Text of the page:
The motor is to be a 3Kw unit : 3Kw at 72V = 40A - although during acceleration this could quite feasibly double.

So, TWO individual 20S4P packs in parallel effectively make one 20S8P pack albeit with the additional cost of individual BMS and output protection/connection units. The up-side here is the individual packs with be lighter and should offer increased fitting flexibility not to mention easier re-tasking to other projects as / if required. 

In the end, I decided that an inter-cell fuse-rating of around 12A would suit my purposes well whilst a BMS and external, final / system voltage, thermal circuit breaker would provide my specific-to-project isolation switch and pack-level protection.  

The next step was to select a suitable fuse-wire and test it for that rating - i.e put a 10A load through it with no obvious heat / visible degradation, however, put a 12A - 13A load through it and... it should blow within 30 seconds. Well... that was my logic and it seems to have worked out OK so far...

The challenge here then, was to select a fuse-wire rating that would :

  • be suitable to handle all the 'expected' currents (think of the short-term - acceleration - ones too)

  • limit voltage drop across them (smaller fuse rating = higher voltage drop across it),

  • protect the pack by isolating one (or more) rogue cell(s),

  • not cause isolation run-away / cascade fuse blowing, should only a 'reasonable' number of cells be isolated due to failure, thereby compromising the supply in its totality.

In other words :

  • too low / conservative a fuse-rating stands the risk that one cell failure (and subsequent fuse blowing) could cause multiple fuse failure as the load is increased and the remaining cells provide greater current to compensate for the defective (blown fuse) cell(s).

  • too high a fuse rating stands the risk of making the addition of the fuses pointless.

In the twin battery pack case, if too low a fuse-rating is specified it would also preclude running on ONLY one battery pack at any time - TWO packs would HAVE to be in circuit ALL the time to ensure the current draw from any one cell would max out as calculated for that particular / designed load.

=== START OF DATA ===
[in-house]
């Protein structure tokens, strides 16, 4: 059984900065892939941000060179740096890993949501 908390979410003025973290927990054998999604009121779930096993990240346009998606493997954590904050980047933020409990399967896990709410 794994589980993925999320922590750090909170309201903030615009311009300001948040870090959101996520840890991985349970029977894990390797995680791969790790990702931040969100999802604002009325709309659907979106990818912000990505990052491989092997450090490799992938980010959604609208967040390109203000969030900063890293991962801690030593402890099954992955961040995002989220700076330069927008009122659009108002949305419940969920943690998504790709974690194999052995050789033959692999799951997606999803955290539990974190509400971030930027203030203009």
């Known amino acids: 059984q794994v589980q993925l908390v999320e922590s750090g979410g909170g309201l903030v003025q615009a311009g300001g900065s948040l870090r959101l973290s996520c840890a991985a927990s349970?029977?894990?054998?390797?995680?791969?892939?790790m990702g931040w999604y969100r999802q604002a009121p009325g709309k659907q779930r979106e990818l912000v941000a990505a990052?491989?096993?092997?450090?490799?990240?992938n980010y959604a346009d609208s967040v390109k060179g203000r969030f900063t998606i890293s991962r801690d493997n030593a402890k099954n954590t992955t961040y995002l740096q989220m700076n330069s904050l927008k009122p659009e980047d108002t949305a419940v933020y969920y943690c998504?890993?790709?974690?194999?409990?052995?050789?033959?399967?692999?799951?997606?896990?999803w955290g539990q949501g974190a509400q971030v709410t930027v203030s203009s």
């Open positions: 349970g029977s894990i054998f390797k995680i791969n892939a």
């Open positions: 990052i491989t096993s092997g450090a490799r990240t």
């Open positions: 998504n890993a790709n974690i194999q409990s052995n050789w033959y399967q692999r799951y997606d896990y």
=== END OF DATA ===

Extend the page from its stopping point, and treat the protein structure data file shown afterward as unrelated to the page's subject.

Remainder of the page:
Having said all that and accepting that the project was designed for two packs I would prefer to select a fuse rating that would allow (maybe on reduced load / speed) operation on ONE battery pack if necessary.

In addition to all the above we must remember that fusing a cell only protects the connected cells from uncontrolled current DUMPING that is to say current flow that's way out of tolerance. Fusing does NOT protect from slow discharges by faulty cells but then that type of fault would not cause an increased safety risk due to increased temperature and eventual fire... or worse...

 

To sum up; fusing is, in my mind, an additional safety feature against catastrophic failure. That is all ! It is one of a number of safety features I add to my larger battery packs; others being :

  • a BMS,

  • temperature verification / over-temperature cooling and subsequent shut-down (in design, build & test sequence - late 2018) and 

  • a thermal circuit breaker on the output / system voltage side.

Cell-level fusing itself must not, for me, add more than a minimal amount to the final battery pack cost - both in terms of assembly time and monetary outlay.

In the end I decided to put a 250W / 20A dummy load to good use. Ideally the fuse-wire would 'blow' / melt at a continued current of around 12A - 13A... ideally... I was looking for a maximum fuse-time of 30 seconds at 15A max.

Testing for a suitable fuse-wire :

The next challenge was to find a simple way to test potential fuse-wires.

In the end I decided to put a 250W / 20A dummy load to good use. Ideally the selected fuse-wire would 'blow' / melt at a continued current of around 12A to13A... 

ideally... 

I was looking for a maximum :

Current : 15A

and

Fuse-time : 30s

What I found, after quite a lot of experimentation, was :

1: 1/4 watt resistor leads (0.6mm ball-park diameter / 23AWG):

easy to spot-weld BUT melted / fused / blew (after 15+ seconds) at a continuous draw of high-end 36A. Too high !